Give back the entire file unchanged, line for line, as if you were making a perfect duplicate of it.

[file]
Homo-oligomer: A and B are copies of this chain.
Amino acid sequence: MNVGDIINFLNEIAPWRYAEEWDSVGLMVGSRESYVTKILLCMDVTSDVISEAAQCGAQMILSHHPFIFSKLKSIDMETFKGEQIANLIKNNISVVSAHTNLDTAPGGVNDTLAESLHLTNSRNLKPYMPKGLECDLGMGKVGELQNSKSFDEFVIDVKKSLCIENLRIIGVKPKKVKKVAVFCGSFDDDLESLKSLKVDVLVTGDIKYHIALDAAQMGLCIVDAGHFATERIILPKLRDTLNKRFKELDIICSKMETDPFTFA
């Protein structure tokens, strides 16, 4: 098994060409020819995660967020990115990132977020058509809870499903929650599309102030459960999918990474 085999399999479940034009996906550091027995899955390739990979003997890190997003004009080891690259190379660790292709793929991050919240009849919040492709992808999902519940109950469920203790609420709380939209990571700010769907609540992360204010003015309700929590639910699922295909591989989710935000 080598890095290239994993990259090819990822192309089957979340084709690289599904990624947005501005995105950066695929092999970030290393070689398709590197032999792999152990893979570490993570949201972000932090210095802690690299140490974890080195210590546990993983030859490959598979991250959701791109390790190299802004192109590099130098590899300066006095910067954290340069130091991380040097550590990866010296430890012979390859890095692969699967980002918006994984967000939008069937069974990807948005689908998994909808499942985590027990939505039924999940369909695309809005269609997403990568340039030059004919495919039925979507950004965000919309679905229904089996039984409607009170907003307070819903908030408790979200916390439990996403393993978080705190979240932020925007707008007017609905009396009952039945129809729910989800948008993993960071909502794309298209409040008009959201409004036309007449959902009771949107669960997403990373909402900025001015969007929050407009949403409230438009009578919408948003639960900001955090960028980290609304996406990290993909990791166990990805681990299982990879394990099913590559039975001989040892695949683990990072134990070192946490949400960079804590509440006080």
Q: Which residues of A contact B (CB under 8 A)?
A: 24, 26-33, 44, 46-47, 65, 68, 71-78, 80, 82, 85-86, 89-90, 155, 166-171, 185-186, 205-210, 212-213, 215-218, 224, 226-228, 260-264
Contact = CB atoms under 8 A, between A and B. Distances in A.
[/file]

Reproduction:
Homo-oligomer: A and B are copies of this chain.
Amino acid sequence: MNVGDIINFLNEIAPWRYAEEWDSVGLMVGSRESYVTKILLCMDVTSDVISEAAQCGAQMILSHHPFIFSKLKSIDMETFKGEQIANLIKNNISVVSAHTNLDTAPGGVNDTLAESLHLTNSRNLKPYMPKGLECDLGMGKVGELQNSKSFDEFVIDVKKSLCIENLRIIGVKPKKVKKVAVFCGSFDDDLESLKSLKVDVLVTGDIKYHIALDAAQMGLCIVDAGHFATERIILPKLRDTLNKRFKELDIICSKMETDPFTFA
């Protein structure tokens, strides 16, 4: 098994060409020819995660967020990115990132977020058509809870499903929650599309102030459960999918990474 085999399999479940034009996906550091027995899955390739990979003997890190997003004009080891690259190379660790292709793929991050919240009849919040492709992808999902519940109950469920203790609420709380939209990571700010769907609540992360204010003015309700929590639910699922295909591989989710935000 080598890095290239994993990259090819990822192309089957979340084709690289599904990624947005501005995105950066695929092999970030290393070689398709590197032999792999152990893979570490993570949201972000932090210095802690690299140490974890080195210590546990993983030859490959598979991250959701791109390790190299802004192109590099130098590899300066006095910067954290340069130091991380040097550590990866010296430890012979390859890095692969699967980002918006994984967000939008069937069974990807948005689908998994909808499942985590027990939505039924999940369909695309809005269609997403990568340039030059004919495919039925979507950004965000919309679905229904089996039984409607009170907003307070819903908030408790979200916390439990996403393993978080705190979240932020925007707008007017609905009396009952039945129809729910989800948008993993960071909502794309298209409040008009959201409004036309007449959902009771949107669960997403990373909402900025001015969007929050407009949403409230438009009578919408948003639960900001955090960028980290609304996406990290993909990791166990990805681990299982990879394990099913590559039975001989040892695949683990990072134990070192946490949400960079804590509440006080």
Q: Which residues of A contact B (CB under 8 A)?
A: 24, 26-33, 44, 46-47, 65, 68, 71-78, 80, 82, 85-86, 89-90, 155, 166-171, 185-186, 205-210, 212-213, 215-218, 224, 226-228, 260-264
Contact = CB atoms under 8 A, between A and B. Distances in A.